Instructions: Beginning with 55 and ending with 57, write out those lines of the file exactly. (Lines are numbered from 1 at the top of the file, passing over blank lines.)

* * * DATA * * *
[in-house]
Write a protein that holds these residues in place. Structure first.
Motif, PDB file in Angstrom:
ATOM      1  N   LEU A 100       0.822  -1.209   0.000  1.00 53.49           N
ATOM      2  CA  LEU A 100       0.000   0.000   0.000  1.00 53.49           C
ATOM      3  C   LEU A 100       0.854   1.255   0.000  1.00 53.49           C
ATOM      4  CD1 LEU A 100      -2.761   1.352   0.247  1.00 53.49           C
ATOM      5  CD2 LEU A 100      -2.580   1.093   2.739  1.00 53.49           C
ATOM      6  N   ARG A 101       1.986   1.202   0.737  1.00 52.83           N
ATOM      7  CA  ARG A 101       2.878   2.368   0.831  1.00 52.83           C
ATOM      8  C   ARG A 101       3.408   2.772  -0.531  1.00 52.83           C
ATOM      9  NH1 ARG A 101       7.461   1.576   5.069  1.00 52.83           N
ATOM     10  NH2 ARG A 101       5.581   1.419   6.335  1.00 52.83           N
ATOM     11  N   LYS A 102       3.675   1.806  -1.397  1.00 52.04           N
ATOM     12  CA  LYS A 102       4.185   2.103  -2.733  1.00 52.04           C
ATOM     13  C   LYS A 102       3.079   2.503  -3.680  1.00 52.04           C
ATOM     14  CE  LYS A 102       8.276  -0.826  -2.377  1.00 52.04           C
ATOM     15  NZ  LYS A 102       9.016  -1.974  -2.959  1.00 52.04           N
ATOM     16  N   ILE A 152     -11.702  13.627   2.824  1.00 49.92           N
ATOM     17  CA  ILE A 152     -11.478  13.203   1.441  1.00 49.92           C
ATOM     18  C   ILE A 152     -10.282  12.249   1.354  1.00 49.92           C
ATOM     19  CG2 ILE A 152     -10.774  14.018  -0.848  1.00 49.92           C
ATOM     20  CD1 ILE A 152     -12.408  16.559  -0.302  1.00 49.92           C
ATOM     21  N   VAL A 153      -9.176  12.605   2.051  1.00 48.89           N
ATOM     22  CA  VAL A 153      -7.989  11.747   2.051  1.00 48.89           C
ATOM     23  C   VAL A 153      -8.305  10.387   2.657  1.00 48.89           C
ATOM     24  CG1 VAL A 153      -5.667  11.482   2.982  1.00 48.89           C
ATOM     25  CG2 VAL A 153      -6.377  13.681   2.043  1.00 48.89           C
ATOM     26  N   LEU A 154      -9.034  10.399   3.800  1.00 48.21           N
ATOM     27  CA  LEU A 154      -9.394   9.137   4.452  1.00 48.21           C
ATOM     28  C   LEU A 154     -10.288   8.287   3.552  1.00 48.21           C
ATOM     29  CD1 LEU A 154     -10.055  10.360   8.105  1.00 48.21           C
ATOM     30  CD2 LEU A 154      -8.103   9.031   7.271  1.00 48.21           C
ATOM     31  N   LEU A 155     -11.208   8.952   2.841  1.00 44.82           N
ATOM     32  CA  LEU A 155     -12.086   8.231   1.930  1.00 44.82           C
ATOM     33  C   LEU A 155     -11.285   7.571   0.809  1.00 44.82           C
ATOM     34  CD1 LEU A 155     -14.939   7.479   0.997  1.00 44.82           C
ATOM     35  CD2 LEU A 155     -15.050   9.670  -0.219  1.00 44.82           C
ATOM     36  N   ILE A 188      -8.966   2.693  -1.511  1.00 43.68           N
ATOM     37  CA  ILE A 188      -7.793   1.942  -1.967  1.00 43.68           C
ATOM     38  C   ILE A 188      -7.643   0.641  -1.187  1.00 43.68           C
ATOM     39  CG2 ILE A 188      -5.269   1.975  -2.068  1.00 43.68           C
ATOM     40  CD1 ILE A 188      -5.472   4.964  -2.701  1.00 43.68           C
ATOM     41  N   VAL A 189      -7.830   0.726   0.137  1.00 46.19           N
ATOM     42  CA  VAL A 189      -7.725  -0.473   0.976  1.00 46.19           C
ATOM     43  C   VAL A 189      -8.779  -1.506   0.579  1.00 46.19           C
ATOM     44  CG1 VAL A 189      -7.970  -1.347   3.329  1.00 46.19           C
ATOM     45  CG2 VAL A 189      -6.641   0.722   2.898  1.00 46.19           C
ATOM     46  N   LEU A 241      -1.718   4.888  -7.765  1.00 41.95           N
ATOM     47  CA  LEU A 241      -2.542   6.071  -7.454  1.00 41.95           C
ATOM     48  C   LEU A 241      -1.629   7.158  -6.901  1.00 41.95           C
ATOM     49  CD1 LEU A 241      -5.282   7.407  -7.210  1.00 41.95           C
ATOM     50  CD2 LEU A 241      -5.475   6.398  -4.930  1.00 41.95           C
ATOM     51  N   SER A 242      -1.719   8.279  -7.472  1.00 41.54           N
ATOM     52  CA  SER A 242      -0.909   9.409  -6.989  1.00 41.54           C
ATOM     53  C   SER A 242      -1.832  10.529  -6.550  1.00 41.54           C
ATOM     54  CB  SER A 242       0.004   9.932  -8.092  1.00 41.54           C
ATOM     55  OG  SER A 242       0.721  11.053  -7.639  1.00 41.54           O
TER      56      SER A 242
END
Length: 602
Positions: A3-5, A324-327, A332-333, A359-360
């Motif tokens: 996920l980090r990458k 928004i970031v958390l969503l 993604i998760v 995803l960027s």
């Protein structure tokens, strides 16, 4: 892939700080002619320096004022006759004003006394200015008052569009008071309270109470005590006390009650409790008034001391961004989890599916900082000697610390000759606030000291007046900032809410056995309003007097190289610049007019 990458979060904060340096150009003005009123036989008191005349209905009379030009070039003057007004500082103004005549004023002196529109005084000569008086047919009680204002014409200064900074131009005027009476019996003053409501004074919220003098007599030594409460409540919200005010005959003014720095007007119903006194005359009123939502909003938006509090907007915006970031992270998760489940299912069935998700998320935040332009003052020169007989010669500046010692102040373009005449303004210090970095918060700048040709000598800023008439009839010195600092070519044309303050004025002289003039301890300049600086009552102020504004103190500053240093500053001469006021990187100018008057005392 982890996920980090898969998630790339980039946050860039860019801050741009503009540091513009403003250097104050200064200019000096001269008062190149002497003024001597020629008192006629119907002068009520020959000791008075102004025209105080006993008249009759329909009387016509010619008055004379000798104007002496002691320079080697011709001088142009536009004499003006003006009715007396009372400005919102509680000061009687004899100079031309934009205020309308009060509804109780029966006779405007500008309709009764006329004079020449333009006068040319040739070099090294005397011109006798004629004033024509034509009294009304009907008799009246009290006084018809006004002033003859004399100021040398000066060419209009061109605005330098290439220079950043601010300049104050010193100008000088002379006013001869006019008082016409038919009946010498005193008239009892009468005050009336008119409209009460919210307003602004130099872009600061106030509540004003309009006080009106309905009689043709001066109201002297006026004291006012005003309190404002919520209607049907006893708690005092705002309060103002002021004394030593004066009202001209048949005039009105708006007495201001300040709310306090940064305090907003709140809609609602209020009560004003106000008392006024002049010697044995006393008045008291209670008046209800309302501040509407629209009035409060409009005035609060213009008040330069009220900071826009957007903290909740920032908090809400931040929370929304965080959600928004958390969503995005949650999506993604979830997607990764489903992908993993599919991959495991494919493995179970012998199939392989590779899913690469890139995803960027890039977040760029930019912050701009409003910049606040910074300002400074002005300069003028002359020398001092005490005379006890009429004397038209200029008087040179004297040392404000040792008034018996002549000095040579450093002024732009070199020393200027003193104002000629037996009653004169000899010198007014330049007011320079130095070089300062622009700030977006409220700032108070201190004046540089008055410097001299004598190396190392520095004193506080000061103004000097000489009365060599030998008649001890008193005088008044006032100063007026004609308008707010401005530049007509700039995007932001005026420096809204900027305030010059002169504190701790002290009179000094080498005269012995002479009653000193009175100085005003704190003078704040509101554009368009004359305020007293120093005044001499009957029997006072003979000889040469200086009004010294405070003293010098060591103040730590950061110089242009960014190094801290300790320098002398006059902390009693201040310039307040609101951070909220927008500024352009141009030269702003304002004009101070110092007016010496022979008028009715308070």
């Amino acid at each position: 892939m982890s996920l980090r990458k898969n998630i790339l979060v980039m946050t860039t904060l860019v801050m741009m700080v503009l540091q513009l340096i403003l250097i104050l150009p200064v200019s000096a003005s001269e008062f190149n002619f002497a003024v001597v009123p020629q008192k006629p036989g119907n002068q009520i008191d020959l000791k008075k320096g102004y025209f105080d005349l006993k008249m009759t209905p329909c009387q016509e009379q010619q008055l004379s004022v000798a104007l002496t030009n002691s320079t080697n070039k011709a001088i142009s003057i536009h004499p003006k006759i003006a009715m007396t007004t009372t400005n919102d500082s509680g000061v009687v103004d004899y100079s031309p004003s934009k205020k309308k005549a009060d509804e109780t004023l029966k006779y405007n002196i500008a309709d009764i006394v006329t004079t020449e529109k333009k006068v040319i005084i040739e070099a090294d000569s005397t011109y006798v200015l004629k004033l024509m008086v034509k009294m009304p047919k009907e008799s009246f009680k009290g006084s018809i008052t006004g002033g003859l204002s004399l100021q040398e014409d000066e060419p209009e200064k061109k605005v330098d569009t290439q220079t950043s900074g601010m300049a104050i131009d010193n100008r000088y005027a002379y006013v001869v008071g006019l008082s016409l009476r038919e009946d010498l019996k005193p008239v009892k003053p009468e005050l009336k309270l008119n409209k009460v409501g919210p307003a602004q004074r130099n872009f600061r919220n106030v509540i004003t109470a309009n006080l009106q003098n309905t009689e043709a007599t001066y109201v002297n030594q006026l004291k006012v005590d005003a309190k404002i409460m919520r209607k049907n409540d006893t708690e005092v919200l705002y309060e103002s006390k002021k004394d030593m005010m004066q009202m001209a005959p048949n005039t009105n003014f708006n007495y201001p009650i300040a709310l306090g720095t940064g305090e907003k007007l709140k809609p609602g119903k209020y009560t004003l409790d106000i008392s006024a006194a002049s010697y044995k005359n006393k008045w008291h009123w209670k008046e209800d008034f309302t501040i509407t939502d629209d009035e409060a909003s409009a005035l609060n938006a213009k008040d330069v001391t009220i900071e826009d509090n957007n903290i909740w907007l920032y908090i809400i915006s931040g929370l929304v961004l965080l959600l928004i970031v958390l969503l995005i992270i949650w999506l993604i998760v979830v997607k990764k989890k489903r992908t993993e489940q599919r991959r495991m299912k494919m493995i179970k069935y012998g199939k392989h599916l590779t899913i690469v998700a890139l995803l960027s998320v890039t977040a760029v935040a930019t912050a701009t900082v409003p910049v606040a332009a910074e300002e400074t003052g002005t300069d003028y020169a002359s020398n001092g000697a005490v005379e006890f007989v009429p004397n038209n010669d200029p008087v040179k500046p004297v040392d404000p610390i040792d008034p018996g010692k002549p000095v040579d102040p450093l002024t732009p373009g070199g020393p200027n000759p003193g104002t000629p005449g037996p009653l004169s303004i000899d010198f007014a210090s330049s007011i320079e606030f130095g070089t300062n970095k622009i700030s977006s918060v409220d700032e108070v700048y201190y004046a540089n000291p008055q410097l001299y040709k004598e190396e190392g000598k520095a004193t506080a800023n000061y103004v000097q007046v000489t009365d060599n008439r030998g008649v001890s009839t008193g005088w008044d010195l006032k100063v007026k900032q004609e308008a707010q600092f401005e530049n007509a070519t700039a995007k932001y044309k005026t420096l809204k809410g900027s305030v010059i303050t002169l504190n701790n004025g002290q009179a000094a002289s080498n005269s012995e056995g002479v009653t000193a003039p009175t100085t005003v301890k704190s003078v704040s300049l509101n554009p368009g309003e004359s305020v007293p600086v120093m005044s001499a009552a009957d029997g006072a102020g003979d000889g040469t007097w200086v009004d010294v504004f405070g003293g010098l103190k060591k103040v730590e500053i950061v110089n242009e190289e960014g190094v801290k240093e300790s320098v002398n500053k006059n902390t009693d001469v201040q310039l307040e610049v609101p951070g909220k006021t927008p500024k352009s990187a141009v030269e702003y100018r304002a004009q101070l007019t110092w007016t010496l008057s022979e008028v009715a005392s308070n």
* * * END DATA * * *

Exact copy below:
ATOM     52  CA  SER A 242      -0.909   9.409  -6.989  1.00 41.54           C
ATOM     53  C   SER A 242      -1.832  10.529  -6.550  1.00 41.54           C
ATOM     54  CB  SER A 242       0.004   9.932  -8.092  1.00 41.54           C